Le Coq was painted in Varengeville-sur-Mer, a village on the Normandy coast where Miro and his family sought refuge from August 1939 to May 1940, the beginning of the Second World War.
'At Varengeville-sur-Mer, in 1939, began a new stage in my work which had its sources in music and nature. It was about the time that the war broke out. I felt a deep desire to escape. I closed
myself within myself purposely'.
Miro's rediscovery of the rural tranquility denied him since his exile from Spain underlies the painting of Le Coq, reproduced in the second volume of Verve. Nature as inspiration is reinforced by the accompanying text in the magazine: 'This the eighth number of Verve devoted to the nature of France was entirely composed during the war'. The figure of the rooster dominates the landscape, more evocative of Mont-roig than the Normandy coast, his head tilted upwards, sharp beak open in a defiant cry. Pictorial urgency is heightened through Miro's limited, intense palette of colours. Red vibrates alongside green, while black, as a colour area liberated from its traditional function as shading and contour, acts as a perfect counterbalance. Tension is evoked through the contrast in depth of the flat, saturated yellow earth with the painterly blue sky, the whole piece a mastery in colour on par with Matisse, whom Miro credited with having 'taught us that colour alone...could carry [a picture's] structure through contrasts and subtle juxtapositions' (quoted in J.T. Soby, Joan Miro, New York).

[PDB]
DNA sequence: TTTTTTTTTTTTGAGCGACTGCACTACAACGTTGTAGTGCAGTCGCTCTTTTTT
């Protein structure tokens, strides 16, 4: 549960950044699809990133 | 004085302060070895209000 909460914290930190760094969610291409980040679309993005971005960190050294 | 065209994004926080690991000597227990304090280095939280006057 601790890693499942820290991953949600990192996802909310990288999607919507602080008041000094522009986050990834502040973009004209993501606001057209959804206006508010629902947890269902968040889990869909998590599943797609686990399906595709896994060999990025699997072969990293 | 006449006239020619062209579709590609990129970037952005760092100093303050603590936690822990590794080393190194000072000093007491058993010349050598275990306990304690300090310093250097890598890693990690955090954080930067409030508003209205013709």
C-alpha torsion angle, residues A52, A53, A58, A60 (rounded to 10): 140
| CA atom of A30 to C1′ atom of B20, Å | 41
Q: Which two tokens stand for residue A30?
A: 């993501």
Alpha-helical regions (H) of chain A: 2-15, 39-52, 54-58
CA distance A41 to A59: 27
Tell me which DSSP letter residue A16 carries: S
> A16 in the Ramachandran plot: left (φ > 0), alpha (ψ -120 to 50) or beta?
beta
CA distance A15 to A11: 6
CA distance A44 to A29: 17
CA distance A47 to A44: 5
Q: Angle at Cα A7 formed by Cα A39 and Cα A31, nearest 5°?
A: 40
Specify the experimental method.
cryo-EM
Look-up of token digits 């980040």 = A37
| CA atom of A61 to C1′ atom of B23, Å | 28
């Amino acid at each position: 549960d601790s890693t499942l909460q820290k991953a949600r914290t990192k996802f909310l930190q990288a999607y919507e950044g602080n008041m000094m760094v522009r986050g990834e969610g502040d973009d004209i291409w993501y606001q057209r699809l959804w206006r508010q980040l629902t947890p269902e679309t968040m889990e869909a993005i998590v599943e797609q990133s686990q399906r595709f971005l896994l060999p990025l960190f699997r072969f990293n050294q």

Miro conveys hope and optimism through the, harmonious balance of black and white, the formation of the horizon as a band of contrasting colours, an extension of the rooster's body, uniting the earth and sky. Within the universal frame of reference, the airy blue of the expansive sky symbolises hope and peace.